Tory Historian has been reading the excellent biography of Sir Arthur Conan Doyle by John Dickson Carr, another famous detective story writer. It brings the old boy to life in a way no subsequent "life" has managed to do though TH has a bone to pick with JDC: The Adventure of the Dancing Men is not one of the best Sherlock Holmes stories but one of the worst. It is completely incredible, very silly and gives no indication as to how Holmes works out the conclusion. Sorry Mr Carr. Completely wrong there.

However, John Dickson Carr shows that, in his own way Conan Doyle was a proto-Anglospherist, something that we know from a story that he does not like for reasons TH fails to understand, The Adventure of the Noble Bachelor.

Conan Doyle spent some time in South Africa during the earlier stages of the Boer War, working in a private hospital, treating soldiers who were suffering from the dreadful emetic fever. On his return, he wrote a history of the war up to 1901 and made some trenchant suggestions as to necessary army reforms. Lord Roberts agreed with him but, as Carr says, none of the "military experts" did. Infantry taking cover? Cavalry abandoning swords and lances in favour of guns? Pshaw. What is this "amateur" trying to achieve? Survival and victory? Eventually, of course, all his suggestions were adopted.

In the 1900 election he fought the Edinburgh Central Division constituency and gathered a very respectable vote, considerably reducing the Radical majority. Among all his many other activities he turned his attention to the subject of Anglo-American relations:
As the year drew to a close, he settled down to write a short essay that is almost startling in its prophecy. Entitled An Anglo-American Reunion, it consisted of a trenchant plea for a much closer understanding between the two nations, and he coupled that plea with the warning that, unless this essential relationship was brought about by good will, then it might be forced into existence in some future time as a measure of self preservation against an eventual threat from Russia. 
This was an interesting take on the subject. This was not the first time Conan Doyle wrote about the closeness between the two countries that was, to him, as real as it was hidden to many on both sides of the Atlantic who looked at immediate developments only. In this 2007 essay on the whole subject of the Anglospere Christopher Hitchens quoted something the great write had said in Detroit in 1895 at the height of anti-British agitation in the United States because of a British-Venezuelan border dispute:
You Americans have lived up to now within your own palings, and know nothing of the real world outside. But now your land is filled up, and you will be compelled to mix more with the other nations. When you do so you will find that there is only one which can at all understand your ways and your aspirations, or will have the least sympathy. That is the mother country which you are now so fond of insulting. She is an Empire, and you will soon be an Empire also, and only then will you understand each other, and you will realize that you have only one real friend in the world.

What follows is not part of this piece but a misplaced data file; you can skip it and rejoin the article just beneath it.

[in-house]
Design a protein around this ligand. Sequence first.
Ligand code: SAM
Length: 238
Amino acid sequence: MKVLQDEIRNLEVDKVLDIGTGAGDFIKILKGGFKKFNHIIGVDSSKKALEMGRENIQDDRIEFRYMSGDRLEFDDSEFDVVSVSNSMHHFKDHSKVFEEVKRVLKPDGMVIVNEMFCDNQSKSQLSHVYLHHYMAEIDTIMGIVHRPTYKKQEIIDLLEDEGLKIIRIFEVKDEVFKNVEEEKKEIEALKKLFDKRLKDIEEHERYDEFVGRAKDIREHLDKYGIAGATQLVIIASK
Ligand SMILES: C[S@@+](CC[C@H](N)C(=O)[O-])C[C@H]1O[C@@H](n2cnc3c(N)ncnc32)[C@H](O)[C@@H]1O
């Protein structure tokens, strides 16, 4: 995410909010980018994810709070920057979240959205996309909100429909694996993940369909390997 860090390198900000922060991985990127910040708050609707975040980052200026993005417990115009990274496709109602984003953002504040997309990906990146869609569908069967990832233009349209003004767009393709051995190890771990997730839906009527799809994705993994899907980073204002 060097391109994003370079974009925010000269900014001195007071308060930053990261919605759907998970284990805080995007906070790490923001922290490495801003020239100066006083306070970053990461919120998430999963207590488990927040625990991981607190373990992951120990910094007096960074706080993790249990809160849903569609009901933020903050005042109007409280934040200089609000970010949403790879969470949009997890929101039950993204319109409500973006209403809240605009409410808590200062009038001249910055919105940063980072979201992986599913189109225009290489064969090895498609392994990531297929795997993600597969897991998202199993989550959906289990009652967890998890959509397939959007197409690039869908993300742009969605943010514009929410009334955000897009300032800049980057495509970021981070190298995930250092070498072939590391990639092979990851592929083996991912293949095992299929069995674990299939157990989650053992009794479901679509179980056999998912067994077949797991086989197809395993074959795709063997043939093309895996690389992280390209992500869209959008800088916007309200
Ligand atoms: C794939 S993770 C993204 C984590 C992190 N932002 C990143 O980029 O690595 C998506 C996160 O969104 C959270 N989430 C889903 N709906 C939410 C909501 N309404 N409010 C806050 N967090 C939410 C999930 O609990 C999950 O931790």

These words must have seemed very strange at the time; they have been proved correct since many times.

As it happens my attention was somewhere else but was sharply called to this subject by the The Organic Tory, who points out that today is the birthday of two eminent and important people.

Firstly, one of my own favourite writers and historic personalities: Samuel Pepys, born on February 23, 1633 in the heart of London, just off Fleet Street, to real London parents a tailor and the daughter of a Whitechapel butcher. Pepys is known largely these days for his astonishing diaries, now fully in print with excellent and scholarly notes by R. C. Latham and W. Matthews but let us not forget his achievements as a naval administrator, the man who, to some extent, was responsible for the growth of the Royal Navy under Charles II and for reforms that eliminated at least some of the corruption around the building and equipping of ships.

It has been said that were he to live in the early twenty-first century, Pepys would almost certainly have kept a blog. Possibly that is so, though we must not forget that he kept his diary in a short-hand invented by himself. However, there is a blog that produces relevant entries from Sam's own diary for different years and a website that deals with the man as well as his writings.

Someone once asked me whether I'd read the diary right through from beginning to end. No, I replied, it is not something one can do with any pleasure. Those volumes are for dipping in, for leafing back and forth, for getting engrossed and, above all, for quoting on many subjects.



The second birthday is that of George Frideric Handel, born on February 23, 1685 in Halle, the Duchy of Magdeburg to parents who seem to have been completely uninterested in music. Having come to England first in 1710, he decided to settle here in 1712 and proceeded to write a large number of oratorios, operas and other pieces. His influence on English music is almost incalculable and so I shall leave it at that. I am sure many of this blog's readers will know far more on the subject than I do, much though I enjoy Handel's work.